- Grains (10 tests out of 12)
- Nuts and seeds (9 tests out of 12)
- Fruits and vegetables (8 tests out of 12)
- Fruits, vegetables and grains (5 tests out of 12)
One recommended only beans/legumes. One recommended only beverages, fish/seafood, meats/poultry, and spices/seasonings. One recommended only sugars/sweeteners! If clients were to follow ZYTO recommendations, there is a good possibility they would be dangerously malnourished.
The individual food assessment results were also wildly inconsistent. The same food could be positive (recommended) on one test and negative (not recommended) on a repeat test a few minutes later. Pineapple and red potatoes were among the top negative foods on 7 tests and among the top positive foods on 3 tests.
Dr. Barrett applied a statistical test and confirmed that the results did not differ from random. In other words, they were noise, not meaningful data. He points out that to demonstrate that a device can measure something, it must be repeatedly tested to evaluate its accuracy and consistency. The ZYTO company has not done any such tests. To demonstrate that the device can detect organ pathology, patients with disease would have to be tested against a control group without disease. ZYTO has not done any such tests. To demonstrate that a recommended corrective remedy or action improves outcomes, people who are treated would have to be compared to people who are not. ZYTO has not done any such tests.
ZYTO has FDA clearance, but only as a galvanic skin measurement device. It does not have FDA approval as a diagnostic device. The FDA has warned the company that selling or marketing it as a diagnostic device is illegal and that it was making unallowable claims; some of their software was recalled. Users of the device often attempt to weasel out by claiming that it is not a medical or diagnostic device and instead calling it something like a “general wellness device” or a “biocommunication” device, and using non-diagnostic language like “out of range.” But a rose by any other name is still a rose. Customers are clearly led to believe that they are being diagnosed and treated.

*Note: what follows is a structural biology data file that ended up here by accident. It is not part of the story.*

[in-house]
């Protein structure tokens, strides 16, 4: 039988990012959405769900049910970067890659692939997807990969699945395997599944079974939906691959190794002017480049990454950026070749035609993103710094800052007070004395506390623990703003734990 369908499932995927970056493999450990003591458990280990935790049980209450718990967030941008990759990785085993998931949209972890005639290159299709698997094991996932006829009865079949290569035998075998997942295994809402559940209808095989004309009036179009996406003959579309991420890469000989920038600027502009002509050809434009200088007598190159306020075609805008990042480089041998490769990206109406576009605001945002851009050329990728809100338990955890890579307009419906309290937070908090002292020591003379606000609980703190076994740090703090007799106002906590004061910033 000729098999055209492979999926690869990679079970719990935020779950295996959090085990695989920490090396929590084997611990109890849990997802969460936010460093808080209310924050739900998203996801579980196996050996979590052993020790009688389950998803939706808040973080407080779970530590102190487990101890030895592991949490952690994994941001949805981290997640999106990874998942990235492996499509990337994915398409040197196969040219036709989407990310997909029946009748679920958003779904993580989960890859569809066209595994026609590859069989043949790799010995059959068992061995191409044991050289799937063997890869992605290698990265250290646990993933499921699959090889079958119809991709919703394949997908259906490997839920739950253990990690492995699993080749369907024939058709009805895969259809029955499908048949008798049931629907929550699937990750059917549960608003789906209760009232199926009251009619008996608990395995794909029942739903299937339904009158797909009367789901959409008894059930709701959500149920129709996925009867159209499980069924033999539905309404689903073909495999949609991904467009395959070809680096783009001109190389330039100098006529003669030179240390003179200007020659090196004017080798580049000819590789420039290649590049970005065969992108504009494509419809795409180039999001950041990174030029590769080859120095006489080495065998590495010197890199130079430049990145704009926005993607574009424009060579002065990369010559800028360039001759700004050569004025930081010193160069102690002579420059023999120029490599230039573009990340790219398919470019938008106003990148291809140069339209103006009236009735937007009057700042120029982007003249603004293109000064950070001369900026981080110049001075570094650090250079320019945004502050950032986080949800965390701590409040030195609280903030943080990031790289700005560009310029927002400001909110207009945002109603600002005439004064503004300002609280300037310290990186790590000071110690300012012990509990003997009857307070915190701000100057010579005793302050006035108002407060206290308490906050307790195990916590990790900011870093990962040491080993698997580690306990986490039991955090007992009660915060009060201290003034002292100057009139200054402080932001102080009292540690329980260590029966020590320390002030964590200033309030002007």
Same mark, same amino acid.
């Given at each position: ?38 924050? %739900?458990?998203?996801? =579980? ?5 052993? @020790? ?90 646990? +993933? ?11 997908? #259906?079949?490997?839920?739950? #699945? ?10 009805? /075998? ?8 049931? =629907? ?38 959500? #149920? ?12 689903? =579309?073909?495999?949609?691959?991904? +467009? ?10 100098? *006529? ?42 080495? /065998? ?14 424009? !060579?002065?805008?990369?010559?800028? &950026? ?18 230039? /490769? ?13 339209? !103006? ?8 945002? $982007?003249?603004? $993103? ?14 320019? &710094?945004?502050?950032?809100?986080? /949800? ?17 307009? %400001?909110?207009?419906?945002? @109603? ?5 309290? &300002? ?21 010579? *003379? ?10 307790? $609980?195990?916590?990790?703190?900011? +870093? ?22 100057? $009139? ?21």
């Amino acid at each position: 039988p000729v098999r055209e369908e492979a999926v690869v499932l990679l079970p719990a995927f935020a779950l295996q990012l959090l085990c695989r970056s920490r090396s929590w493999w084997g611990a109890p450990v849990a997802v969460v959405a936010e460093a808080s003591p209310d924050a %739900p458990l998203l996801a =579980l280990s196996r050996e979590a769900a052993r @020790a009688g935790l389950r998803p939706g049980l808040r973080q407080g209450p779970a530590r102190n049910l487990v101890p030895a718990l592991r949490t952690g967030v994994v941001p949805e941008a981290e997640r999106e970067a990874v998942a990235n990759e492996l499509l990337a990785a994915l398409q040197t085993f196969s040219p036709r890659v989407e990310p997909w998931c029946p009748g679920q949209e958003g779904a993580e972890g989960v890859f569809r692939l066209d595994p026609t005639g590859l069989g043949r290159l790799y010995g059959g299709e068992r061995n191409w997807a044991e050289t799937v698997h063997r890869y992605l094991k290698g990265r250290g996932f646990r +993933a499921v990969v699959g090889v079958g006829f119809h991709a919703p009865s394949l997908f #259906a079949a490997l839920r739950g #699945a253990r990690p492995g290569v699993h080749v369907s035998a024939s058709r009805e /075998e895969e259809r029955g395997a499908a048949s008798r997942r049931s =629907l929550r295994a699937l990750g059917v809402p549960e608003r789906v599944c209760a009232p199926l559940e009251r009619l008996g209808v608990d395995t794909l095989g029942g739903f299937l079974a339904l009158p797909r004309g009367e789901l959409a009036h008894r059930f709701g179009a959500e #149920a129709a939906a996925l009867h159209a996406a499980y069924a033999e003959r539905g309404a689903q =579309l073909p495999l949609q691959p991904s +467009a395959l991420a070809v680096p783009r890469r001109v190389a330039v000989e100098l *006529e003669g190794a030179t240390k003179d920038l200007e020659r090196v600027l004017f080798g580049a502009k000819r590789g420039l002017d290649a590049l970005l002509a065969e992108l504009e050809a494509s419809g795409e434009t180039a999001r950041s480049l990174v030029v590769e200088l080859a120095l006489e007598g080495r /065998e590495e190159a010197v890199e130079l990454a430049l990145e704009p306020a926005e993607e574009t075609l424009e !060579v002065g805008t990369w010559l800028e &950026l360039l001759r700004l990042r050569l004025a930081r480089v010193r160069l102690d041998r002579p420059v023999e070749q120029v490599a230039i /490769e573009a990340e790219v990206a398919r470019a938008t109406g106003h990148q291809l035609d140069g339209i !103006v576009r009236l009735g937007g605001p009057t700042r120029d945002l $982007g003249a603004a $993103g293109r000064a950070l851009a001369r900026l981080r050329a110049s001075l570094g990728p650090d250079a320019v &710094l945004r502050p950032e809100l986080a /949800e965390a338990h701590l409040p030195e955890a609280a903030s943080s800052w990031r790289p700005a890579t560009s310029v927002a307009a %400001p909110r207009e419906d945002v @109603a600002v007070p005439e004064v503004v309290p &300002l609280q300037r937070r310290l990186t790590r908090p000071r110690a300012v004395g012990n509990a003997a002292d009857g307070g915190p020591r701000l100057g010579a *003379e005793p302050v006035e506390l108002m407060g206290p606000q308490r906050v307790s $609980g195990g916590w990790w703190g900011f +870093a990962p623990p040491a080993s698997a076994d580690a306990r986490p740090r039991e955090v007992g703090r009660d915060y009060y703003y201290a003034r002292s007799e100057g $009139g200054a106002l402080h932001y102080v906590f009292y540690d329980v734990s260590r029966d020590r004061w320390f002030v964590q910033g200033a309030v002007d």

Electrodermal diagnostic devices cannot be legally marketed in the US, and importation is banned. Regulatory actions have included confiscation of devices, criminal prosecutions, and professional licensing board actions. But there has been no systematic or effective effort to eliminate them, and they are still being widely used by various licensed and unlicensed practitioners.
Conclusion: Not only pseudoscientific but illegal
In my opinion, based on my research, electrodermal diagnosis is not based on reality but on a ridiculous hodgepodge of half-baked ideas borrowed from acupuncture, homeopathy, and so-called “energy medicine.” The claims are preposterous; there isn’t the slightest shred of science to support them. And thanks to Dr. Barrett we now have clear evidence that the results they produce are wildly inconsistent and clinically meaningless, and the recommendations are potentially dangerous. These abuses could be stopped by enforcing existing laws. These devices and the associated software should be removed from the market to protect consumers. Practitioners using the devices should be prosecuted.
Note: as I was writing this, I received an email from someone who had been tested with a related device, the Asyra. She had gone to Simply Health in Jackson Hole, Wyoming, where she saw Jennifer Nelson-Hawks, whose bio bills her as an iridologist and a “board-certified holistic health physician” but does not mention any medical training beyond “Certified Medical Assistant.” Asyra testing showed she had the “energetic signature for Lyme’s Disease” which was “concerning” although she “probably didn’t have the full-blown disease,” and she was told to take vitamin C to support her immune system, see a naturopath, and return for a follow-up with the Asyra tester in a month. She suffered a week of anxiety and panic, desperately contacting her GP and others for advice. She found my SBM article on electrodermal testing and contacted me to ask what I would do in her position, whether I would do anything to report the practitioner or her business. I encouraged her to report her experience to all the relevant authorities and to try to get her money back, since it was obtained under false pretenses. This is just one example of the harm done by users of these devices.